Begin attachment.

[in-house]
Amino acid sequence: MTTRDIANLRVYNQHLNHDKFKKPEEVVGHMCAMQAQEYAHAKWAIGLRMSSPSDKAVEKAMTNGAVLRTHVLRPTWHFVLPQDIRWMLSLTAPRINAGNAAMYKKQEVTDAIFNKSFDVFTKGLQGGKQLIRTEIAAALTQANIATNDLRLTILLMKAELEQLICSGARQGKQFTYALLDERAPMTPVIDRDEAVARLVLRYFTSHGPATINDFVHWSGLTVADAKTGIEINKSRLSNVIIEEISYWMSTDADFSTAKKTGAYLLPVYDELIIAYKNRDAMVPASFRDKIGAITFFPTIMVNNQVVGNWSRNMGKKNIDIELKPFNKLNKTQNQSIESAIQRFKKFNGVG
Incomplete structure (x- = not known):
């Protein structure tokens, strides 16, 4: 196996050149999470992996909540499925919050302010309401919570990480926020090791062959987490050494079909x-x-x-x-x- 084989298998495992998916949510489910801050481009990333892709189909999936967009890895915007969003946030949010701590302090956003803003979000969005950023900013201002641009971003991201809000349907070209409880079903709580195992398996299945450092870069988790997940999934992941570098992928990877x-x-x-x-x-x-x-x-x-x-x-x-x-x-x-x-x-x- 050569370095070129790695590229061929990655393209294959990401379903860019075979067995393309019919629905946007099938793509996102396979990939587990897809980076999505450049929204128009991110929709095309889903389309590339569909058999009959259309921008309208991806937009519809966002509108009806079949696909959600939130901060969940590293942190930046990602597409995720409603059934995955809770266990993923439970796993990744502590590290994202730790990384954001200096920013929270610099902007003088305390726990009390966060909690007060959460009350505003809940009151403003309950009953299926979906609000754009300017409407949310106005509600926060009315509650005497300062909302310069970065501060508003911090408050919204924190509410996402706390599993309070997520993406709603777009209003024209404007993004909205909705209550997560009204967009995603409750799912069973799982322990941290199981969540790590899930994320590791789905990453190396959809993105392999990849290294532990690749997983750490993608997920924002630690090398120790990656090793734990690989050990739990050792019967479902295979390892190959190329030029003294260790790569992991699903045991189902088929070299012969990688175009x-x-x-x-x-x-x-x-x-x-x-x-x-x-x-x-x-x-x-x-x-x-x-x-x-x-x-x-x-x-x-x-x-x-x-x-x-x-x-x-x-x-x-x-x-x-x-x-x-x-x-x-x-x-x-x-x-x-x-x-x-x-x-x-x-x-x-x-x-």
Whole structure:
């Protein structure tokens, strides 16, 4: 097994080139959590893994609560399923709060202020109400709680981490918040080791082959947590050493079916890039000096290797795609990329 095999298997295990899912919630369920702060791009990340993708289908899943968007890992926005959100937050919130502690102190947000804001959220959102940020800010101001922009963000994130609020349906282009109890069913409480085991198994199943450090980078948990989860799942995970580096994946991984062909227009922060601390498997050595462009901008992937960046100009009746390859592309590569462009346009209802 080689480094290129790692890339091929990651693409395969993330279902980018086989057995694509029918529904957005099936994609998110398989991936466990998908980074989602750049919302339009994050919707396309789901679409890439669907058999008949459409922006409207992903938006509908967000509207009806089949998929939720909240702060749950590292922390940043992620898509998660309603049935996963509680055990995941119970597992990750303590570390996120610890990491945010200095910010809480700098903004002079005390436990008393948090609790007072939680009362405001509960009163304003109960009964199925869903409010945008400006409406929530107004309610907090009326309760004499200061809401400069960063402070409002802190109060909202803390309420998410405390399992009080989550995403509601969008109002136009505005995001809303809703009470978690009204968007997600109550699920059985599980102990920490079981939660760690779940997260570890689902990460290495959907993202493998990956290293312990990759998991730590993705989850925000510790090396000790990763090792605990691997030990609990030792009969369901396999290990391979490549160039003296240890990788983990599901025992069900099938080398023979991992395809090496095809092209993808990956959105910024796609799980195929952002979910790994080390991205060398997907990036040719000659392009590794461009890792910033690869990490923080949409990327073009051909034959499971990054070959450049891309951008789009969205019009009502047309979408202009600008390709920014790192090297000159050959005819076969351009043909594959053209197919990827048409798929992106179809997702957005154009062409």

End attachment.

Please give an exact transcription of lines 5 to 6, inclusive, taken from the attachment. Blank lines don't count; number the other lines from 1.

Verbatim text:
Whole structure:
């Protein structure tokens, strides 16, 4: 097994080139959590893994609560399923709060202020109400709680981490918040080791082959947590050493079916890039000096290797795609990329 095999298997295990899912919630369920702060791009990340993708289908899943968007890992926005959100937050919130502690102190947000804001959220959102940020800010101001922009963000994130609020349906282009109890069913409480085991198994199943450090980078948990989860799942995970580096994946991984062909227009922060601390498997050595462009901008992937960046100009009746390859592309590569462009346009209802 080689480094290129790692890339091929990651693409395969993330279902980018086989057995694509029918529904957005099936994609998110398989991936466990998908980074989602750049919302339009994050919707396309789901679409890439669907058999008949459409922006409207992903938006509908967000509207009806089949998929939720909240702060749950590292922390940043992620898509998660309603049935996963509680055990995941119970597992990750303590570390996120610890990491945010200095910010809480700098903004002079005390436990008393948090609790007072939680009362405001509960009163304003109960009964199925869903409010945008400006409406929530107004309610907090009326309760004499200061809401400069960063402070409002802190109060909202803390309420998410405390399992009080989550995403509601969008109002136009505005995001809303809703009470978690009204968007997600109550699920059985599980102990920490079981939660760690779940997260570890689902990460290495959907993202493998990956290293312990990759998991730590993705989850925000510790090396000790990763090792605990691997030990609990030792009969369901396999290990391979490549160039003296240890990788983990599901025992069900099938080398023979991992395809090496095809092209993808990956959105910024796609799980195929952002979910790994080390991205060398997907990036040719000659392009590794461009890792910033690869990490923080949409990327073009051909034959499971990054070959450049891309951008789009969205019009009502047309979408202009600008390709920014790192090297000159050959005819076969351009043909594959053209197919990827048409798929992106179809997702957005154009062409």